Donald Trump is creating an executive branch of government in service to a narrow set of special interests that no Democrat, and not even all Trump voters, would ever want.
But considering Trump said he wants to "drain the swamp," you might be surprised he picked someone who literally built the swamp. Scott Pruitt is a pioneer in turning government over to corporate special interests.
1300 Carrier manufacturing jobs are still going to Mexico. And the 800 jobs staying in Indiana aren't safe, because Carrier is moving to automate much of the work, with the help of the American taxpayer.
The incoming HUD Secretary doesn't like President Barack Obama's plan to enforce the 1968 Fair Housing Act, even though he knows housing segregation is a problem and doesn't have any better ideas to offer.
Posturing as working class heroes who abandon free-market ideology to battle globalist forces is not a new look for Republicans. In 2002, George W. Bush pandered to PA and WV voters by slapping tariffs on imported steel.
Donald Trump may tap former Rep. J.C. Watts for HUD Secretary. Both starred in infomercials for the shady Milin family. Watts flacked for the phony National Grants Conference, and Trump helped create the Trump Institute scam.
Nations of the world are sending a message to Donald Trump: mess with Paris, and you may get slapped with a carbon tariff. Such a response could not happen unless the world compromised on an imperfect climate agreement in Paris.
Trump has been lying about Ford for months. Ford and others have been calling him on it every step of the way. What's stunning is that he's still doing it after winning the election.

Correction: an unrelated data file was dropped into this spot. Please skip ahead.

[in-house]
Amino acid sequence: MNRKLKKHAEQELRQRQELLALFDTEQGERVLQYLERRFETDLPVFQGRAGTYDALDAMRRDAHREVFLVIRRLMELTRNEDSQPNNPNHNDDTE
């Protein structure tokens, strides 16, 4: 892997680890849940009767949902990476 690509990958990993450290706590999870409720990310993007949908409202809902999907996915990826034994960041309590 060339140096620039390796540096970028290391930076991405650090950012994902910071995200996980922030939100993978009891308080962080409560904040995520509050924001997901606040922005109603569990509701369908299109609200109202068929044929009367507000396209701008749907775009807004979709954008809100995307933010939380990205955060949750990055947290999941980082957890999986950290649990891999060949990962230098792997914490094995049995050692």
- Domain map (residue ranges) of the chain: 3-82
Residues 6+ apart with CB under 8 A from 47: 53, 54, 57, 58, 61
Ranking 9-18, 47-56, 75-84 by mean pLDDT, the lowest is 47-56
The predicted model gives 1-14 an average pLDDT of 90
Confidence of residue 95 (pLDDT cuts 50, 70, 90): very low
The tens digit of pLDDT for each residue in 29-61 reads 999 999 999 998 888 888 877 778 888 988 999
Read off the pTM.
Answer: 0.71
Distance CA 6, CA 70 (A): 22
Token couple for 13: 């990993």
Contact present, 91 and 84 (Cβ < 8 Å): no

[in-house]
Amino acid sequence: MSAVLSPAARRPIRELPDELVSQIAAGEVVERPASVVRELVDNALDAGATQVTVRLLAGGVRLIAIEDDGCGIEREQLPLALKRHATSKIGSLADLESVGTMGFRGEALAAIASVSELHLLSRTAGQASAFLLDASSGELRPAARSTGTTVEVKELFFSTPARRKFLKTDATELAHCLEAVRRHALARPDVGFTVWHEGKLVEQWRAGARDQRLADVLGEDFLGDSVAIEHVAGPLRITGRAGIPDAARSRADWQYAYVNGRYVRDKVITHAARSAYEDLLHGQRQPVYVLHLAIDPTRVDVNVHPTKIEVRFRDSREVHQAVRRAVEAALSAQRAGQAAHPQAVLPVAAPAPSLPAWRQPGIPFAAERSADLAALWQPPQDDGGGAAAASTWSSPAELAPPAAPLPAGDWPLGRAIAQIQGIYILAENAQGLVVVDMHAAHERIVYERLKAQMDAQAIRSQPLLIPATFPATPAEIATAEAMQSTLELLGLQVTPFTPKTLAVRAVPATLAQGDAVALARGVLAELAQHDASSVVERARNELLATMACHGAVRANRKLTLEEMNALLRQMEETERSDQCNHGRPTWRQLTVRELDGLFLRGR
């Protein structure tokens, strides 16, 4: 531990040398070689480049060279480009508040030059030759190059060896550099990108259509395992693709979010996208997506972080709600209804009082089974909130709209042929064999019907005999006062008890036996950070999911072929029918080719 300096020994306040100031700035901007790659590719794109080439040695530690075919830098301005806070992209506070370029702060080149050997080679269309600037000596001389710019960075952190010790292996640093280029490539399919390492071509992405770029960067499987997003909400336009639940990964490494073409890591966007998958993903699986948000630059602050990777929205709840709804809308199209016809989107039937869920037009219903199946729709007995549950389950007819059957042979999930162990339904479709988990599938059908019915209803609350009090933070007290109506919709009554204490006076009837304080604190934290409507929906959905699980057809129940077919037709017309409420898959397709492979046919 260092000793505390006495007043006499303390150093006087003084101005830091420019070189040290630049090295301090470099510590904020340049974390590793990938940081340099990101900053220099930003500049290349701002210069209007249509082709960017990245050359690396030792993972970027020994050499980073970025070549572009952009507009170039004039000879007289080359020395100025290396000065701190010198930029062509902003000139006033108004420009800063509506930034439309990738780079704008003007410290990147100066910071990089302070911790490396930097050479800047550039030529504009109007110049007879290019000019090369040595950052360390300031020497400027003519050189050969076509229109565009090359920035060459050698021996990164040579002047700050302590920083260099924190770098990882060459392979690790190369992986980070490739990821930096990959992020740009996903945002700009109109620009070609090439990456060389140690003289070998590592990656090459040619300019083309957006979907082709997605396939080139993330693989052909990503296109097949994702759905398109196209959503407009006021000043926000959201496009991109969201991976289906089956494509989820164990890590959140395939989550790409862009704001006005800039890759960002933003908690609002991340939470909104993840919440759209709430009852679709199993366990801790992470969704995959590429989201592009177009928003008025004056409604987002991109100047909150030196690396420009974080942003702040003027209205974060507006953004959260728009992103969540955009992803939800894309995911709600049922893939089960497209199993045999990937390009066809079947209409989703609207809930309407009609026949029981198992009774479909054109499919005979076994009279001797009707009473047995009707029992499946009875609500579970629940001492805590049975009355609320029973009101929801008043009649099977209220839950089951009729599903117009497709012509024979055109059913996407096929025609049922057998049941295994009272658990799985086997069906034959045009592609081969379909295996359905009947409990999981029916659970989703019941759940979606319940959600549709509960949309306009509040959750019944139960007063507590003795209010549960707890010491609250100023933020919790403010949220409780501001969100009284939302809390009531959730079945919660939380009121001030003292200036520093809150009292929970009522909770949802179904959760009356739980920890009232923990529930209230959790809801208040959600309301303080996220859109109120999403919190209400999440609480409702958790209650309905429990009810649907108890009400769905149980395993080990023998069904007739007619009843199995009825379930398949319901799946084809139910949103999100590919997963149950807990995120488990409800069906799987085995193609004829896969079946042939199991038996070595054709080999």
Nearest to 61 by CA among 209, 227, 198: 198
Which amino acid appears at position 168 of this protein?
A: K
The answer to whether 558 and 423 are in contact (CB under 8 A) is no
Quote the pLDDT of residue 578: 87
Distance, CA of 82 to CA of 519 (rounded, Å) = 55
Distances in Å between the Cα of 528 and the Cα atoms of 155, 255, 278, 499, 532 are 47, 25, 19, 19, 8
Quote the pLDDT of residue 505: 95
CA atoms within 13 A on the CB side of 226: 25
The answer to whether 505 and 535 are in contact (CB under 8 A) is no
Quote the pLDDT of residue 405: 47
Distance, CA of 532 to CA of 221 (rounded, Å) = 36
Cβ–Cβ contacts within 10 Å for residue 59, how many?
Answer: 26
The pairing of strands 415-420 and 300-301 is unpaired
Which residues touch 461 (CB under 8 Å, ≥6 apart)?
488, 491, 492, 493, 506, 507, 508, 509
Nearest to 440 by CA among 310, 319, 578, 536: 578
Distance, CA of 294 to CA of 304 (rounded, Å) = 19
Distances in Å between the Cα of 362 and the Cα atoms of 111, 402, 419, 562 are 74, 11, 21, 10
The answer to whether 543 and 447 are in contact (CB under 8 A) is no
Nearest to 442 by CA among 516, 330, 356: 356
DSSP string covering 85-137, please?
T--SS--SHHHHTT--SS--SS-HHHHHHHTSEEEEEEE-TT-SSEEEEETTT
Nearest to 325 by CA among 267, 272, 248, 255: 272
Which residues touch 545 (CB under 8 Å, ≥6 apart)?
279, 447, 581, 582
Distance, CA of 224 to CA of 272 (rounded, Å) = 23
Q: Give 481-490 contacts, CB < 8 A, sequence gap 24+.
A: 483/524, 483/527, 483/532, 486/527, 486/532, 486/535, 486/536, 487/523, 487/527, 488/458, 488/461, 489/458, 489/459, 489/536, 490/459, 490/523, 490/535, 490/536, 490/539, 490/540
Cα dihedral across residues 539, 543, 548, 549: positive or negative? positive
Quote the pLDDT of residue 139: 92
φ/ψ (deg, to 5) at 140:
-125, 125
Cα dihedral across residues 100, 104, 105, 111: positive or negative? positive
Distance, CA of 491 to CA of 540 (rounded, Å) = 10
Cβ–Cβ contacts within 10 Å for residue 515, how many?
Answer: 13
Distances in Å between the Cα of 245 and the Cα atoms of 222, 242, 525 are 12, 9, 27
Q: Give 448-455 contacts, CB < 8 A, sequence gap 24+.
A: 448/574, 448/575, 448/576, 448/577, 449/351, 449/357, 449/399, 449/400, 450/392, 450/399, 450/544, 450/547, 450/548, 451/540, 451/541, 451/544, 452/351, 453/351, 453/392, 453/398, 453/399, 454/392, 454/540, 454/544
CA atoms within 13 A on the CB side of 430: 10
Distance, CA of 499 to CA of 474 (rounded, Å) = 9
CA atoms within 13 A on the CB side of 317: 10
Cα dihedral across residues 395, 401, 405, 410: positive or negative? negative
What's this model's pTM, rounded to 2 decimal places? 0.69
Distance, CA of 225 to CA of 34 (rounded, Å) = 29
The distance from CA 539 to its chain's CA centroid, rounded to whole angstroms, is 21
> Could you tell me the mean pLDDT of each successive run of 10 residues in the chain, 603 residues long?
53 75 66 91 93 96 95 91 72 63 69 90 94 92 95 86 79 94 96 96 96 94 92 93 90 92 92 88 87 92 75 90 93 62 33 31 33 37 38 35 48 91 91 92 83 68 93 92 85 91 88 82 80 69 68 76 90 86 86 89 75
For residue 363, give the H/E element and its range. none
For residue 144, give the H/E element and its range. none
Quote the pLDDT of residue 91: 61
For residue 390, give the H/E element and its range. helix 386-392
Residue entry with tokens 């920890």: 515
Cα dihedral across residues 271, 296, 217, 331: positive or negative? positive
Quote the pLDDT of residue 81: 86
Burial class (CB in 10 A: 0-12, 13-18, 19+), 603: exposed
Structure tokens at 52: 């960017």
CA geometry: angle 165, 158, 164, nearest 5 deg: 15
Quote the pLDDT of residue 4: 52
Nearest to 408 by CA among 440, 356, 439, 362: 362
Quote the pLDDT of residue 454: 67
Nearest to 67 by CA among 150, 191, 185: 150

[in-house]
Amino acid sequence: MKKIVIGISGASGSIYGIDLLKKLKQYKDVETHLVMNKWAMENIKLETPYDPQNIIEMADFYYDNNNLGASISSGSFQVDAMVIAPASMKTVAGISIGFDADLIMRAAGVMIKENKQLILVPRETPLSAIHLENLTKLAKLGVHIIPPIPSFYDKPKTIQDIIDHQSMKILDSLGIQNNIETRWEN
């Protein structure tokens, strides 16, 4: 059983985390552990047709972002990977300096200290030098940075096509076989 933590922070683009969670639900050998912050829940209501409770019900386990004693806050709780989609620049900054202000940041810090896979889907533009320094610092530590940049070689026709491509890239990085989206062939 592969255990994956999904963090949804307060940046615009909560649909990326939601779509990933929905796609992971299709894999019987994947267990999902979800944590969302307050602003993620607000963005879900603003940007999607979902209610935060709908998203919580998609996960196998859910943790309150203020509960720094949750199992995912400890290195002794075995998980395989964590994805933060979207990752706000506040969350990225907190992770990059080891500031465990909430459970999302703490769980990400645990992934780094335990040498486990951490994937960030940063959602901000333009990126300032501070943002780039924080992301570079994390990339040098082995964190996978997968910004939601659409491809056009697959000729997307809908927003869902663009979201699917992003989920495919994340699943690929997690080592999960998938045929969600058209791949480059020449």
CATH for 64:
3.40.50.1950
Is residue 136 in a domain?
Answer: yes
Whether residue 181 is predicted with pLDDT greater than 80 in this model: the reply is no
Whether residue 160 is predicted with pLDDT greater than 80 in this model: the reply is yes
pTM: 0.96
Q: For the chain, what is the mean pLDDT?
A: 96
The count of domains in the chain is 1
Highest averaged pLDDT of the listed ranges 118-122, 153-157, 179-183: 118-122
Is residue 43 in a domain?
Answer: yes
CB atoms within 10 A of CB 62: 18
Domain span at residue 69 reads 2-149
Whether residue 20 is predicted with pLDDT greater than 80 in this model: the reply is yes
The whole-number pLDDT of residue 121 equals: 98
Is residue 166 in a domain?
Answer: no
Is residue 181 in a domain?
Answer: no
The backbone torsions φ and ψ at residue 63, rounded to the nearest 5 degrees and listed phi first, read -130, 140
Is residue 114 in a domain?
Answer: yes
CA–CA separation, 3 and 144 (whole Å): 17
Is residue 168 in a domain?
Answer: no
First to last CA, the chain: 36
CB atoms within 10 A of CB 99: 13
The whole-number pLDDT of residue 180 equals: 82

If the Trump administration follows through on its pledge to fry the climate and trash Obama's regulatory efforts, the backlash could be fierce. It is the job of the climate hawk to make it so.
If Trump manages to drag down the entire Republican Party with him over the next four years, Democrats might be able to snag the biggest political prize of all in the 2020 elections.
If the the Republican rank-and-file can break with Trump, and Trumpism, Republican leaders will be more able to reposition and compete in 21st century America. But that is the most likely scenario.
If there's one House race that encapsulates the hopes of the Bernie Sanders revolution, it is the race for the currently Republican-held open seat in upstate New York's 19th congressional district.
In the latest video from the Main Street Alliance, Mike Price of New Jersey tells the story of why he wouldn't let his Price Communications go into business with Donald Trump's Atlantic City casinos.
Republicans are already planning to launch yet another round of partisan investigative witch hunts designed to hobble a Hillary Clinton presidency. Such adversarial talk unnerves Democrats, but Republicans are the ones who should worry.
Members of the Main Street Alliance, the coalition of socially responsible small business owners, have been speaking out against Donald Trump in the letters pages of their area newspapers.
The only unknowns are whether: Hillary Clinton can break 50 percent of the popular vote, Gary Johnson can break 5 percent, Evan McMullin can win Utah’s 6 electoral votes, Democrats can claim the Senate or even the House.
On last Friday's Rick Smith Show, I discuss why we should not expect a white "silent majority" will propel Donald Trump, and whether Trump might drag down the down-ballot Republicans.
We're at the stage of the election where obsession with the latest polls reaches its peak. Yet it is also the stage when polls can stop informing about the electorate and start warping the electorate.
Republicans lacked foresight in 2004 on gay marriage. Today, they lack foresight on climate. And because of it, they risk losing even more voters, but this time, the wayward voters had long been part of the Republican base.
When Hillary Clinton said, "Donald thinks that climate change is a hoax perpetrated by the Chinese. I think it's real," Trump immediately interjected, "I did not. I did not. I do not say that."